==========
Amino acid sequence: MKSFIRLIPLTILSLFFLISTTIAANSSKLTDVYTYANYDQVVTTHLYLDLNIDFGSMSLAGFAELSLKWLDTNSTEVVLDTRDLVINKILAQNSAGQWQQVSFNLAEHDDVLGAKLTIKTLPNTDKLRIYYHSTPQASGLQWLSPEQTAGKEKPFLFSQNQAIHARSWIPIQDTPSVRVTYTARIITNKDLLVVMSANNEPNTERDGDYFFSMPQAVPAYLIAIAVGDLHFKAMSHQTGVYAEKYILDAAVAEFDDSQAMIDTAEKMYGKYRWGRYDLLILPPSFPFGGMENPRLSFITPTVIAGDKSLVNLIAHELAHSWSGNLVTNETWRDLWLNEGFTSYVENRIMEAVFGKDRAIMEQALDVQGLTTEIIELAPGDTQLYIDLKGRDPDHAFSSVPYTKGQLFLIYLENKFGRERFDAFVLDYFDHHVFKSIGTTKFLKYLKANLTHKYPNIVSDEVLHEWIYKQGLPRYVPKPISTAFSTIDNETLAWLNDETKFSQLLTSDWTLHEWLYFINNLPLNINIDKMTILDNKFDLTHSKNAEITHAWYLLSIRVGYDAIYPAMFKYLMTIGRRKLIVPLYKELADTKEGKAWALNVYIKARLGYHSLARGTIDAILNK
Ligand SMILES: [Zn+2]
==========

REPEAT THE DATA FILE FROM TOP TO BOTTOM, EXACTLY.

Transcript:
Amino acid sequence: MKSFIRLIPLTILSLFFLISTTIAANSSKLTDVYTYANYDQVVTTHLYLDLNIDFGSMSLAGFAELSLKWLDTNSTEVVLDTRDLVINKILAQNSAGQWQQVSFNLAEHDDVLGAKLTIKTLPNTDKLRIYYHSTPQASGLQWLSPEQTAGKEKPFLFSQNQAIHARSWIPIQDTPSVRVTYTARIITNKDLLVVMSANNEPNTERDGDYFFSMPQAVPAYLIAIAVGDLHFKAMSHQTGVYAEKYILDAAVAEFDDSQAMIDTAEKMYGKYRWGRYDLLILPPSFPFGGMENPRLSFITPTVIAGDKSLVNLIAHELAHSWSGNLVTNETWRDLWLNEGFTSYVENRIMEAVFGKDRAIMEQALDVQGLTTEIIELAPGDTQLYIDLKGRDPDHAFSSVPYTKGQLFLIYLENKFGRERFDAFVLDYFDHHVFKSIGTTKFLKYLKANLTHKYPNIVSDEVLHEWIYKQGLPRYVPKPISTAFSTIDNETLAWLNDETKFSQLLTSDWTLHEWLYFINNLPLNINIDKMTILDNKFDLTHSKNAEITHAWYLLSIRVGYDAIYPAMFKYLMTIGRRKLIVPLYKELADTKEGKAWALNVYIKARLGYHSLARGTIDAILNK
Ligand SMILES: [Zn+2]